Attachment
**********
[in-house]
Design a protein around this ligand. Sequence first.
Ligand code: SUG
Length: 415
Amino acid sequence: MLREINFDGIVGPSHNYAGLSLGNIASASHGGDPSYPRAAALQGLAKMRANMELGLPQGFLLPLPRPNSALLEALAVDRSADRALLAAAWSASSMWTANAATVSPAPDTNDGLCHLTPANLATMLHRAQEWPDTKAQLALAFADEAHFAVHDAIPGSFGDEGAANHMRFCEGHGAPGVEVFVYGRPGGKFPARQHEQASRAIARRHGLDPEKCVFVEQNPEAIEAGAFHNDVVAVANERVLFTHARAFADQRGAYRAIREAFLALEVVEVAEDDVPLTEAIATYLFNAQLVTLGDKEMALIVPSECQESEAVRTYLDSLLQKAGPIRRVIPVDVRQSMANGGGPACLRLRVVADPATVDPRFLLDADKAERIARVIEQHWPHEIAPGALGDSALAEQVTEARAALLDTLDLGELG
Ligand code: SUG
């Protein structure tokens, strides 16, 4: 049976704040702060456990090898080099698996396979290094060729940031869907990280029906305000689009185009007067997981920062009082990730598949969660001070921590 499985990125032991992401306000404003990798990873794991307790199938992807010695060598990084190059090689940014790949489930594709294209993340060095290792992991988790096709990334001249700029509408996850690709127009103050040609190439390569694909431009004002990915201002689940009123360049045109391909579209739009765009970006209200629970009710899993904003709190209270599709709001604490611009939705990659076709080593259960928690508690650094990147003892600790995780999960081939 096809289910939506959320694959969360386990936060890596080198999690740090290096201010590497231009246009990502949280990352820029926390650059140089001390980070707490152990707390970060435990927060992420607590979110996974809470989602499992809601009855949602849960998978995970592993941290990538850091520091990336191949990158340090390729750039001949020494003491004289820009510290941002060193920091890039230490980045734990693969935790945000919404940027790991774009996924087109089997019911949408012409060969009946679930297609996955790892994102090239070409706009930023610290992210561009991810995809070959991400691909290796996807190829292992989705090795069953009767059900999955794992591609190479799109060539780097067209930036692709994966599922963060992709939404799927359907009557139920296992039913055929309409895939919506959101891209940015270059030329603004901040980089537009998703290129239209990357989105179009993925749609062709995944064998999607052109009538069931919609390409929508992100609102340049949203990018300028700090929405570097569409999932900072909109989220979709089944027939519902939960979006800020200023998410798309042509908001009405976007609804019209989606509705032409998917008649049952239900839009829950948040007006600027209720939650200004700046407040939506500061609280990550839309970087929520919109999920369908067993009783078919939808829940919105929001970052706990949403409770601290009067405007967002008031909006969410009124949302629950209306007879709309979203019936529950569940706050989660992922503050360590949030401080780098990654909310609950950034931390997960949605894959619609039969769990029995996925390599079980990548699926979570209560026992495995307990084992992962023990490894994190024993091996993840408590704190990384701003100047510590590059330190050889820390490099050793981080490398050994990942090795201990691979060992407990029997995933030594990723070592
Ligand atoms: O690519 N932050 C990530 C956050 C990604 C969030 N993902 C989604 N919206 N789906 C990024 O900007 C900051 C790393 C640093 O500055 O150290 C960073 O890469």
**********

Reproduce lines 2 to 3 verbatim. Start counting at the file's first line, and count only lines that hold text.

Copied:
Design a protein around this ligand. Sequence first.
Ligand code: SUG